Amongst the various things the University of Warwick is known for, perhaps none is as iconic (or i-koan-ic, if you will) as the Koan. A few weeks ago, on July 24, the Koan was sent off on a tour of campus in light of Warwick Arts Centre’s redevelopment plans.
The revolving sculpture, made by Liliane Lijn, was first installed nearly fifty years ago, in 1972. Since then, the Koan has become synonymous with the Warwick campus. Apart from being a popular site for graduation photos, it has also been the inspiration for a variety of rumours and stories. Over time, there have been attempts to integrate the Koan even further into the university’s image, including the formation of a Koan Society, the creation of a strip cartoon by Steve Shipway, and a petition to include it in the university logo. The Koan is now also a mascot for the University of Warwick University Challenge team.
Over time, there have been attempts to integrate the Koan even further into the university’s image, including the formation of a Koan Society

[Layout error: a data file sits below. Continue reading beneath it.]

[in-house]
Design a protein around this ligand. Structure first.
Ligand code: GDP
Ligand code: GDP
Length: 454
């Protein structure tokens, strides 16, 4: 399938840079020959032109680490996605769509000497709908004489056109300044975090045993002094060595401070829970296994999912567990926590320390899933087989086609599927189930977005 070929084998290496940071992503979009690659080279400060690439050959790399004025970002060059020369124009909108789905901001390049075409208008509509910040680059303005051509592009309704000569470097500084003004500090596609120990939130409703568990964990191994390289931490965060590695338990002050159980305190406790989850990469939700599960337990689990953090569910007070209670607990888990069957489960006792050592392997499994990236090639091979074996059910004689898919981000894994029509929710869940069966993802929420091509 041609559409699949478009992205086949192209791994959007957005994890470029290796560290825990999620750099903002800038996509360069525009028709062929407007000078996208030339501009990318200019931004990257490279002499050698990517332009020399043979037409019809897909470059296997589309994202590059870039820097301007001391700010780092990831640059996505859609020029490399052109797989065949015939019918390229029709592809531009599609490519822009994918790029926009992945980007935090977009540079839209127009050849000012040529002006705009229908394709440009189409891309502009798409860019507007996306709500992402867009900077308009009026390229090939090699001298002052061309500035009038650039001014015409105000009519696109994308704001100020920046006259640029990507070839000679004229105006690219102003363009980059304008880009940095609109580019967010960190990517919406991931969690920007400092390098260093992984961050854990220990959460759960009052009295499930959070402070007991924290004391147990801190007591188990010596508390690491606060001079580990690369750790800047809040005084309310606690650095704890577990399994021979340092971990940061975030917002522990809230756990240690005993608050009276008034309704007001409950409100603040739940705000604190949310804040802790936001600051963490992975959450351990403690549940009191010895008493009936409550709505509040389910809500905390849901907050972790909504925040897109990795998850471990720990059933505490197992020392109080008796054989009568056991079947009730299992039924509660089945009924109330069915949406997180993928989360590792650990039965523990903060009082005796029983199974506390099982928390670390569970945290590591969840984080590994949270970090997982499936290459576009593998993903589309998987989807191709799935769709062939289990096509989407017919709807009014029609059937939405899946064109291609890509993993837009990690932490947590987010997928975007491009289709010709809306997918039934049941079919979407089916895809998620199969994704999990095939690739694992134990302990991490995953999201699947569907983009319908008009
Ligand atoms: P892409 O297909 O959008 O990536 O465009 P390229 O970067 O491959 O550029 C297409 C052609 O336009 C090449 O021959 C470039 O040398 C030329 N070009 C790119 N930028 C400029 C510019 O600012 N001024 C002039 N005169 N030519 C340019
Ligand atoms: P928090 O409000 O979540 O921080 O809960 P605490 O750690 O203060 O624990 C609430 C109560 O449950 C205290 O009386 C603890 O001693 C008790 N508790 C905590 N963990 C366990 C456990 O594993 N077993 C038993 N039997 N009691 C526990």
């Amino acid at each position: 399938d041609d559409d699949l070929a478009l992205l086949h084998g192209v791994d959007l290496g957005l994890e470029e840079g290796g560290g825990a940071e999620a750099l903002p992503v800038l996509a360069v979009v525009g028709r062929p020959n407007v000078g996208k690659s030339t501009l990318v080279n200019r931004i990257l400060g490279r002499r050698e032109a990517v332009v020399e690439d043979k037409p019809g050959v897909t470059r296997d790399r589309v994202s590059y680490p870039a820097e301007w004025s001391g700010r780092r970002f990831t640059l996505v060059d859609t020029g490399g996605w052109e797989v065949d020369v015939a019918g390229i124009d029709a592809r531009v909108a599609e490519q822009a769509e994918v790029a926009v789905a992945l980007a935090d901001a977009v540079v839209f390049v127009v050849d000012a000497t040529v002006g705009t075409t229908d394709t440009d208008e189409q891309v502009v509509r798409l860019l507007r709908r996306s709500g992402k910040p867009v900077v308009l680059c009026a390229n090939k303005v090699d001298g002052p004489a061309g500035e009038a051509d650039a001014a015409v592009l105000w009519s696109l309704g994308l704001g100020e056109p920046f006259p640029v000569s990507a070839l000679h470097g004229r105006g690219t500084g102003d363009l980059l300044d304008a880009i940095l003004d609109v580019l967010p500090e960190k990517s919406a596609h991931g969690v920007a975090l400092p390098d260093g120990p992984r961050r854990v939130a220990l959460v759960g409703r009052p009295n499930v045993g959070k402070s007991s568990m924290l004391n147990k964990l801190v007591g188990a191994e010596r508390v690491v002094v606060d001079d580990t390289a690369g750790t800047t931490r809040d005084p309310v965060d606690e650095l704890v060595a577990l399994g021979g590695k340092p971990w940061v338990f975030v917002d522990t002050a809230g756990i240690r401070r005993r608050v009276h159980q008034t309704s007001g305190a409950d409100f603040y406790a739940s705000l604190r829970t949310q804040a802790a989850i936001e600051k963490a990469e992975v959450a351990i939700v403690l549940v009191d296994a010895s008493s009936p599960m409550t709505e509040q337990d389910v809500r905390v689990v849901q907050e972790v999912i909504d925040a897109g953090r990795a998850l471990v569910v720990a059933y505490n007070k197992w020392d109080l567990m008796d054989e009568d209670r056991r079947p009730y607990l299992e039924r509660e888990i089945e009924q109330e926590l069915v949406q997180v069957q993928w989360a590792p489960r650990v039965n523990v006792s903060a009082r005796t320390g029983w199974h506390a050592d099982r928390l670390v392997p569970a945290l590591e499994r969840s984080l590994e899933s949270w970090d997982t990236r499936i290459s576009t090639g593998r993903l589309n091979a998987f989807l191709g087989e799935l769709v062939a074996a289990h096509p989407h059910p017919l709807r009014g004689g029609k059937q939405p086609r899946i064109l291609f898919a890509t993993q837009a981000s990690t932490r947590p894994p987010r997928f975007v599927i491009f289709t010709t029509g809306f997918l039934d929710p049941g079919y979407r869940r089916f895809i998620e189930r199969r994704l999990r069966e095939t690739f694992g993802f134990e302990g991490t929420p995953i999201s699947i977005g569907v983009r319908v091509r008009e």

The six metre structure is the first of its kind, made with industrial materials with an artistic twist. Liliane Lijn is known for exploring light and movement through her sculptures, as well as for combining art with science, philosophy and mythology. The Koan in particular, although often the subject of much speculation, is meant to foster calm and thoughtfulness. Its name is not only a pun on its cone shape, but also on the Buddhist concept of a ‘koan’, or, a question without an answer — something many university students may be familiar with.
As part of the 20:20 Project, which aims to refurbish the Arts Centre in the next three years, the Koan has been moved to a different home for the time being. Sarah Shalgosky, curator of the University of Warwick, has said that the 20:20 Project will entail moving some important pieces of art. Due to the Koan’s eminence, the Koan Tour has been developed to prevent it from going into storage.
The Koan in particular, although often the subject of much speculation, is meant to foster calm and thoughtfulness
In this way, the Koan can continue to represent the university from different locations on campus. A part of its relocation process involved separating the sculpture into two parts, and it now resides (back whole again) at Gibbet Hill, outside the School of Life Sciences. Meanwhile, the vacated spot outside the Arts Centre will be occupied by a temporary theatre called The Goose Nest.
According to Shalgosky, the Koan will stay at its current location for a year. It will be making further stops across campus in the next three years before returning home in 2020.